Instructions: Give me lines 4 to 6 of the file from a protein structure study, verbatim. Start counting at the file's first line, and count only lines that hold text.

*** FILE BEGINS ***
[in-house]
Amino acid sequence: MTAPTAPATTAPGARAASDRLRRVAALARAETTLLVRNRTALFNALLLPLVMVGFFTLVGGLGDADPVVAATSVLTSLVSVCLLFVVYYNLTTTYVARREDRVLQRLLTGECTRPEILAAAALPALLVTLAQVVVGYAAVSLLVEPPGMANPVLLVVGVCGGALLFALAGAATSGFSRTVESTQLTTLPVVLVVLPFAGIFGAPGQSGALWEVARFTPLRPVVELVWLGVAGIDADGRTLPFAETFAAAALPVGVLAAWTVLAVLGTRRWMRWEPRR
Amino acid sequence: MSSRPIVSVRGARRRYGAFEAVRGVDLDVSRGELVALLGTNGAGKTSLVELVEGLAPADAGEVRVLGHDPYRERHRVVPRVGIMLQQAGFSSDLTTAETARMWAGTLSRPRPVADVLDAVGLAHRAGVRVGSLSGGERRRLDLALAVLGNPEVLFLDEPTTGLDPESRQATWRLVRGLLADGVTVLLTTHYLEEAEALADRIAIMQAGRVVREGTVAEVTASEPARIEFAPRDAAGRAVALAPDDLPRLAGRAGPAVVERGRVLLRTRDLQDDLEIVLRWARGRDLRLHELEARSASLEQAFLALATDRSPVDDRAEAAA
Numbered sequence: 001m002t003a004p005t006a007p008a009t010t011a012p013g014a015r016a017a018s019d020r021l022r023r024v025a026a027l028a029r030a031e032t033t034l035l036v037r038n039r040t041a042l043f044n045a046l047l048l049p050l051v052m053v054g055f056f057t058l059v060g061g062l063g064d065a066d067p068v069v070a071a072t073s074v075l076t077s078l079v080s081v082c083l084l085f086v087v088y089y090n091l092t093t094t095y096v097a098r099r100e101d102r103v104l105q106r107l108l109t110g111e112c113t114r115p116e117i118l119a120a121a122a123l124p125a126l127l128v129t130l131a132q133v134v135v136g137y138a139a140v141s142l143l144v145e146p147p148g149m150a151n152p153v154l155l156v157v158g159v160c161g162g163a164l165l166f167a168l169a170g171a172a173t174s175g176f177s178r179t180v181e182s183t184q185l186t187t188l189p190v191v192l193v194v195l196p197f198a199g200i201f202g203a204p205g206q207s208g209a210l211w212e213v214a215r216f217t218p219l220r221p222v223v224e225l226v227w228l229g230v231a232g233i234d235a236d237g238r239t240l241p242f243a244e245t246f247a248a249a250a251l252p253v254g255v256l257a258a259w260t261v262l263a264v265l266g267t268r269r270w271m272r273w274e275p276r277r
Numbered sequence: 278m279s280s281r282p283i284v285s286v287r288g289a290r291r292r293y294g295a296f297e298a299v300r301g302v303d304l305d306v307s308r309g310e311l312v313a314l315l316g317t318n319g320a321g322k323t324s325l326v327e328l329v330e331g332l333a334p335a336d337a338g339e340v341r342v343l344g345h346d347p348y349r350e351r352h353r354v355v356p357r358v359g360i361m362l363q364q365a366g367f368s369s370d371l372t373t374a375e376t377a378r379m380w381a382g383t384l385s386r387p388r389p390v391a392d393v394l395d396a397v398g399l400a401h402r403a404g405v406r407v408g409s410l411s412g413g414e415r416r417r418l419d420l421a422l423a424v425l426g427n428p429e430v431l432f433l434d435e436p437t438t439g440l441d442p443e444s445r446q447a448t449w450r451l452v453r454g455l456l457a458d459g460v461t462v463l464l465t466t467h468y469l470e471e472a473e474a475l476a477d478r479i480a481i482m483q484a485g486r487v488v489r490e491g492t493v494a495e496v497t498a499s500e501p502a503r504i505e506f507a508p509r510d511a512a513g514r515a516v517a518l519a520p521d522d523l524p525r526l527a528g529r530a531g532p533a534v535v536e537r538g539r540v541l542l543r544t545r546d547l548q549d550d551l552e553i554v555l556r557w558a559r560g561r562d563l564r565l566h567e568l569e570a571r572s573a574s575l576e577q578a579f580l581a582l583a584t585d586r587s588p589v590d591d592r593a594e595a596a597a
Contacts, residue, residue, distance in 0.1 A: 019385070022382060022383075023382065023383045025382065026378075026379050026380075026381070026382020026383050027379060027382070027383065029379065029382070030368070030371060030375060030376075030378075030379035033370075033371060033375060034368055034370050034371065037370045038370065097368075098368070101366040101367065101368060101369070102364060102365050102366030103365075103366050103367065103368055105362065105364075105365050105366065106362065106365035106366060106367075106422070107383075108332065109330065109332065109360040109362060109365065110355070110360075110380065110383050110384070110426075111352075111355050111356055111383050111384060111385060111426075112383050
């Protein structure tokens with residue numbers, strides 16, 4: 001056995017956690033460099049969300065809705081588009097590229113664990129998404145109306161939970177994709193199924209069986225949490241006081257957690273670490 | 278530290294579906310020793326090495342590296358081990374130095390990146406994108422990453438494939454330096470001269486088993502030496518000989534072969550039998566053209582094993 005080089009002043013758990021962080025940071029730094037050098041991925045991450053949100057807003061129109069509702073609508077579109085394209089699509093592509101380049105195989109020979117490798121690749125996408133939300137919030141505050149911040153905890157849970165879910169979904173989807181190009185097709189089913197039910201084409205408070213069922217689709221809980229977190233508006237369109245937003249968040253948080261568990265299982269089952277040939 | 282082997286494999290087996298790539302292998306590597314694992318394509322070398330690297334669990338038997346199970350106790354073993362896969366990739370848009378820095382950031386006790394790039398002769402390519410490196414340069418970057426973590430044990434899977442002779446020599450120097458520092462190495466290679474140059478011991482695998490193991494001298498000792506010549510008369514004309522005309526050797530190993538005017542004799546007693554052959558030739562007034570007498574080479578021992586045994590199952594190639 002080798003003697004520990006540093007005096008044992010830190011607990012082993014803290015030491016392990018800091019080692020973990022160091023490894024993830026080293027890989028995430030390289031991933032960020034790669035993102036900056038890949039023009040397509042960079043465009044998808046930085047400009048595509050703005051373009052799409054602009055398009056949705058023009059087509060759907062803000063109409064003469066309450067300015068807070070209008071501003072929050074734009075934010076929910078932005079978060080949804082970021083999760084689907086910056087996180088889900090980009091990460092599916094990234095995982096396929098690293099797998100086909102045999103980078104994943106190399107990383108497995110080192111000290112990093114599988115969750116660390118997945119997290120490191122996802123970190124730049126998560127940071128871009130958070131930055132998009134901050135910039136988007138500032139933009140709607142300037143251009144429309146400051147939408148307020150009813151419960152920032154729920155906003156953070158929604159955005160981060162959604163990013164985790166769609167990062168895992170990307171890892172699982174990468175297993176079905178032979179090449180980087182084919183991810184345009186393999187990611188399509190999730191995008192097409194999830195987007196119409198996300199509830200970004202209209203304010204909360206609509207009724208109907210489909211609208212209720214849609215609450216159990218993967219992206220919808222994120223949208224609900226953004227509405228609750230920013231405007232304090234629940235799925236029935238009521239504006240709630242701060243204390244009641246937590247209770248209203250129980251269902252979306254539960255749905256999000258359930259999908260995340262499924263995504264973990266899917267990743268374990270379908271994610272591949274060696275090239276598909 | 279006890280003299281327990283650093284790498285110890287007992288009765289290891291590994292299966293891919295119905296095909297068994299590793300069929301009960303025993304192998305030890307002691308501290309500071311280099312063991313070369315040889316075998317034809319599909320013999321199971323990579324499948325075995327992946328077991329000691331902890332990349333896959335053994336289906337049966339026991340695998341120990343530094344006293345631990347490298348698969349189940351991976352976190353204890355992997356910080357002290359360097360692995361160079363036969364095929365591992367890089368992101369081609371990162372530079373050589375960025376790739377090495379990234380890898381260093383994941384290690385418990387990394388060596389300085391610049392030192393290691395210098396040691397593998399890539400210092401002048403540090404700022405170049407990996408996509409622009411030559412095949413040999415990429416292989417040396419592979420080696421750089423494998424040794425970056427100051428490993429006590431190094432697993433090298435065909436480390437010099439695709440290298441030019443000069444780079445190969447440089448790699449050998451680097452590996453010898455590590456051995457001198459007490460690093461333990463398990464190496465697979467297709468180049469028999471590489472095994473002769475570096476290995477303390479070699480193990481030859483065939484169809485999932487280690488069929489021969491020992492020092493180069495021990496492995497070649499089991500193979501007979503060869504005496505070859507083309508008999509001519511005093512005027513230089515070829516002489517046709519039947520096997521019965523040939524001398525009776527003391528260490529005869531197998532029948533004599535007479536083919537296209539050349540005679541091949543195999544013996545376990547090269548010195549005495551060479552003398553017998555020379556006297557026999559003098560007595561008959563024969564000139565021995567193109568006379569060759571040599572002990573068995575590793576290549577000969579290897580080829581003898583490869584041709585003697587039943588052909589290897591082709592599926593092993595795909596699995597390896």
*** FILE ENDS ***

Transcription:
Numbered sequence: 001m002t003a004p005t006a007p008a009t010t011a012p013g014a015r016a017a018s019d020r021l022r023r024v025a026a027l028a029r030a031e032t033t034l035l036v037r038n039r040t041a042l043f044n045a046l047l048l049p050l051v052m053v054g055f056f057t058l059v060g061g062l063g064d065a066d067p068v069v070a071a072t073s074v075l076t077s078l079v080s081v082c083l084l085f086v087v088y089y090n091l092t093t094t095y096v097a098r099r100e101d102r103v104l105q106r107l108l109t110g111e112c113t114r115p116e117i118l119a120a121a122a123l124p125a126l127l128v129t130l131a132q133v134v135v136g137y138a139a140v141s142l143l144v145e146p147p148g149m150a151n152p153v154l155l156v157v158g159v160c161g162g163a164l165l166f167a168l169a170g171a172a173t174s175g176f177s178r179t180v181e182s183t184q185l186t187t188l189p190v191v192l193v194v195l196p197f198a199g200i201f202g203a204p205g206q207s208g209a210l211w212e213v214a215r216f217t218p219l220r221p222v223v224e225l226v227w228l229g230v231a232g233i234d235a236d237g238r239t240l241p242f243a244e245t246f247a248a249a250a251l252p253v254g255v256l257a258a259w260t261v262l263a264v265l266g267t268r269r270w271m272r273w274e275p276r277r
Numbered sequence: 278m279s280s281r282p283i284v285s286v287r288g289a290r291r292r293y294g295a296f297e298a299v300r301g302v303d304l305d306v307s308r309g310e311l312v313a314l315l316g317t318n319g320a321g322k323t324s325l326v327e328l329v330e331g332l333a334p335a336d337a338g339e340v341r342v343l344g345h346d347p348y349r350e351r352h353r354v355v356p357r358v359g360i361m362l363q364q365a366g367f368s369s370d371l372t373t374a375e376t377a378r379m380w381a382g383t384l385s386r387p388r389p390v391a392d393v394l395d396a397v398g399l400a401h402r403a404g405v406r407v408g409s410l411s412g413g414e415r416r417r418l419d420l421a422l423a424v425l426g427n428p429e430v431l432f433l434d435e436p437t438t439g440l441d442p443e444s445r446q447a448t449w450r451l452v453r454g455l456l457a458d459g460v461t462v463l464l465t466t467h468y469l470e471e472a473e474a475l476a477d478r479i480a481i482m483q484a485g486r487v488v489r490e491g492t493v494a495e496v497t498a499s500e501p502a503r504i505e506f507a508p509r510d511a512a513g514r515a516v517a518l519a520p521d522d523l524p525r526l527a528g529r530a531g532p533a534v535v536e537r538g539r540v541l542l543r544t545r546d547l548q549d550d551l552e553i554v555l556r557w558a559r560g561r562d563l564r565l566h567e568l569e570a571r572s573a574s575l576e577q578a579f580l581a582l583a584t585d586r587s588p589v590d591d592r593a594e595a596a597a
Contacts, residue, residue, distance in 0.1 A: 019385070022382060022383075023382065023383045025382065026378075026379050026380075026381070026382020026383050027379060027382070027383065029379065029382070030368070030371060030375060030376075030378075030379035033370075033371060033375060034368055034370050034371065037370045038370065097368075098368070101366040101367065101368060101369070102364060102365050102366030103365075103366050103367065103368055105362065105364075105365050105366065106362065106365035106366060106367075106422070107383075108332065109330065109332065109360040109362060109365065110355070110360075110380065110383050110384070110426075111352075111355050111356055111383050111384060111385060111426075112383050